Pipes Before & After Image

The District’s long-range Capital Improvement Plan includes rehabilitation of existing sewer lines throughout the District. This is done by placing a new liner inside of the existing underground sewer line without having to dig out it out and replace it. This process is called cured in place pipe (CIPP) lining. Each year specific sections of sewer line are chosen based on video inspections. This year the areas selected include downtown Goleta, the Nogal Bike Path near Modoc Road, Cathedral Oaks near Turnpike Road and in an easement off Via Los Padres Road. Together these improvements are referred to as the 2018 Pipeline Rehabilitation Project.

The Downtown Goleta portion of the project includes CIPP lining of approximately 8,400 LF of 8-inch and 6-inch sewer line. The Nogal Bike Path portion includes CIPP lining of approximately 1,600 LF of 8-inch sewer line. The Cathedral Oaks and Via Los Padres easement include 620 LF of 8-inch and 6-inch sewer line. There are 43 manholes in these areas which will be coated and various spot repairs will be made as part of this project. Bid requests have gone out and the Board of Directors is expected to approve the project by mid-July 2018.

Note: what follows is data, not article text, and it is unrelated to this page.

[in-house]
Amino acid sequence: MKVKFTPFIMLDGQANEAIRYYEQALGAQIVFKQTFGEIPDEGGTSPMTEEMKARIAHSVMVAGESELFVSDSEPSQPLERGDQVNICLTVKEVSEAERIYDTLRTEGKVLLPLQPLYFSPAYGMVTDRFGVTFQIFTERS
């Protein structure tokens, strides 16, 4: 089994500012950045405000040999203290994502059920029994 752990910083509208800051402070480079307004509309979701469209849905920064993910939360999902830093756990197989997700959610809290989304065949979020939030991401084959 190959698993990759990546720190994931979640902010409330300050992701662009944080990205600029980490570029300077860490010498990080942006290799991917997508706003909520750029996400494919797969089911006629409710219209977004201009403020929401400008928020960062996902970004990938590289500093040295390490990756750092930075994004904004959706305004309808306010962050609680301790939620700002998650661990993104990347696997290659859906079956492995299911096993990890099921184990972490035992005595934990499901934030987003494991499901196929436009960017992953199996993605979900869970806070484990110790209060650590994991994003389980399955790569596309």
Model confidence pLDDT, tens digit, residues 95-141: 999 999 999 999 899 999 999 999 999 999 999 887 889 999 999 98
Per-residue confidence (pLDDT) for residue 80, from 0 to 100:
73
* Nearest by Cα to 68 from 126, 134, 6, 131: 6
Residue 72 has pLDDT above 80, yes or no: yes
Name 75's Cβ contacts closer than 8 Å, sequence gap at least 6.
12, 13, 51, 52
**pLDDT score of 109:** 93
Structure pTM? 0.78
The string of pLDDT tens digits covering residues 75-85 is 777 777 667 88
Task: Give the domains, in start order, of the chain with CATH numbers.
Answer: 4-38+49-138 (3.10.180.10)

This work is minimally disruptive to residents and may only require residents to not use their water lines for two to four hours while the liner hardens in the pipes. The process involves opening the manholes to insert the pipe liner, inflating it with air and curing it in place with steam. This trenchless process means that the road in front of the access manhole does not need to be disturbed (in most cases) and takes only a few hours to be completely readied for residential use. The project is part of the District’s Capital Improvement Plan which is an ongoing effort to maintain the sewer system in a cost-efficient manner while protecting the environment.

The work is set to begin in Mid-August and is expected to be completed by the end of January, 2019. See the maps below for specific streets to be impacted. For more information on the CIPP process, visit https://en.wikipedia.org/wiki/Cured-in-place_pipe.